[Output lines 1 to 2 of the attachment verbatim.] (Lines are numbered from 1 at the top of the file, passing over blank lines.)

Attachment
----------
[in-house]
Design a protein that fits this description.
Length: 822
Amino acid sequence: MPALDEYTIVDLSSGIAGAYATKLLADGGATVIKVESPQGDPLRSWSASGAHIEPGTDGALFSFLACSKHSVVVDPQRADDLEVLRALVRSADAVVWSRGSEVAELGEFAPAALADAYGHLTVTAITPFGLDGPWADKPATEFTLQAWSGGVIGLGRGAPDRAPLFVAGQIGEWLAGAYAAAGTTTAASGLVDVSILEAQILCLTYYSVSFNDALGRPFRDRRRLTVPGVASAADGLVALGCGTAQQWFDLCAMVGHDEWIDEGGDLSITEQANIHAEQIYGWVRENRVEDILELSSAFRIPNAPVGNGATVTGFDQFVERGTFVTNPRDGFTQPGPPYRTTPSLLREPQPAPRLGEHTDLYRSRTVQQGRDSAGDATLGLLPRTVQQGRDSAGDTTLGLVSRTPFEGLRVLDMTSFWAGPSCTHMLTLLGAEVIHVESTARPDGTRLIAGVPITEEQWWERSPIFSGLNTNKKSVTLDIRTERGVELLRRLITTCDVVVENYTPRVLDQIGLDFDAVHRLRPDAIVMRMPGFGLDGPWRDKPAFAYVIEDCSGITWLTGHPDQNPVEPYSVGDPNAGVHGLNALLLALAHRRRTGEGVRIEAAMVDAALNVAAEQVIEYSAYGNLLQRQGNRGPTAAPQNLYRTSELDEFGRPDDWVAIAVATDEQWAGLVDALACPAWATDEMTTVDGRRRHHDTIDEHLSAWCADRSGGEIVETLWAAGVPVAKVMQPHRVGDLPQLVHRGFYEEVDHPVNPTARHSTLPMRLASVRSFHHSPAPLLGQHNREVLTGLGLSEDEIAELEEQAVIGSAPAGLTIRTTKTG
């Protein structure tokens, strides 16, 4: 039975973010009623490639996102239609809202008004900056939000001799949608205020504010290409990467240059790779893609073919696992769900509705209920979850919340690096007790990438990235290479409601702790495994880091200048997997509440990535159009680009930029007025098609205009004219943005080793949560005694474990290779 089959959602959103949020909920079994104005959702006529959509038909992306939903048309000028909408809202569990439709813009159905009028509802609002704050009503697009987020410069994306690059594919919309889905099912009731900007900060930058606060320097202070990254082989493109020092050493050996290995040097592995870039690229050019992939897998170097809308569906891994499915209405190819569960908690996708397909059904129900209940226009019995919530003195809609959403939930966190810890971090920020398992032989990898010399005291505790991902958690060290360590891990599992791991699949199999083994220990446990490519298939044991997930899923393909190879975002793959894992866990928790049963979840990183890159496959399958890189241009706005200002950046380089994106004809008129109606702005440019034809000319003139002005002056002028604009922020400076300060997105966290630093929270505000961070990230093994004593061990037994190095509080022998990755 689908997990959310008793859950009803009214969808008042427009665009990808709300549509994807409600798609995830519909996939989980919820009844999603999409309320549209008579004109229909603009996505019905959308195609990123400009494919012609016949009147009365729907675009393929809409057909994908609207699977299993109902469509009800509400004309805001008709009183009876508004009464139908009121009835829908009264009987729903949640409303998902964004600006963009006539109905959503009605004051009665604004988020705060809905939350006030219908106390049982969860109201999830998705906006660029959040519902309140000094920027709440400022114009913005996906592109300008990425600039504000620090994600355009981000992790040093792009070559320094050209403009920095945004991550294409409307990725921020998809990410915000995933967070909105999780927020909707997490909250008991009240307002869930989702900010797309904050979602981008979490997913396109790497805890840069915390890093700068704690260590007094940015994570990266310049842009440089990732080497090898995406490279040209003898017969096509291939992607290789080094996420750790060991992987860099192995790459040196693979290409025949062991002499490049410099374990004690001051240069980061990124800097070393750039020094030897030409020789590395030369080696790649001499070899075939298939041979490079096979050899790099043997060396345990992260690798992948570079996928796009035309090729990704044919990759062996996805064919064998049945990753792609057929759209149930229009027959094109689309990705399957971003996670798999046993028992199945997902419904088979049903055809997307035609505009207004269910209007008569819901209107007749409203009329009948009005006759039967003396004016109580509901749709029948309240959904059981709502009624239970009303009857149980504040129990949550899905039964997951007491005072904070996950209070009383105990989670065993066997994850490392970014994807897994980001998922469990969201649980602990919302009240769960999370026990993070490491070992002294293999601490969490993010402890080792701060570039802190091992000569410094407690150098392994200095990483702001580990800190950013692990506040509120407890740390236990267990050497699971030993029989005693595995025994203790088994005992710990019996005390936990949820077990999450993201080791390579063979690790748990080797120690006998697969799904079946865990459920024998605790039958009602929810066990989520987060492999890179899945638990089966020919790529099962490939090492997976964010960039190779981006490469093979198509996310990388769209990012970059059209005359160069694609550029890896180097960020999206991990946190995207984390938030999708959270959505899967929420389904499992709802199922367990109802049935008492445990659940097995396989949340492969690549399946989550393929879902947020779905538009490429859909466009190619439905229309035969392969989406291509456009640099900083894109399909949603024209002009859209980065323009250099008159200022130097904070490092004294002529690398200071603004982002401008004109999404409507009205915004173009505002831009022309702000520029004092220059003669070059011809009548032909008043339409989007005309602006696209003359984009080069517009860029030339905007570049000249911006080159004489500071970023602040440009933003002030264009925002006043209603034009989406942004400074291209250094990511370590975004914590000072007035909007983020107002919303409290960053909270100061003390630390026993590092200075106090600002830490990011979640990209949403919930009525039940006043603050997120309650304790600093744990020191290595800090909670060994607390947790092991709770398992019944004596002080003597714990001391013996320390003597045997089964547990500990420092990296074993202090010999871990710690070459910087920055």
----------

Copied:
[in-house]
Design a protein that fits this description.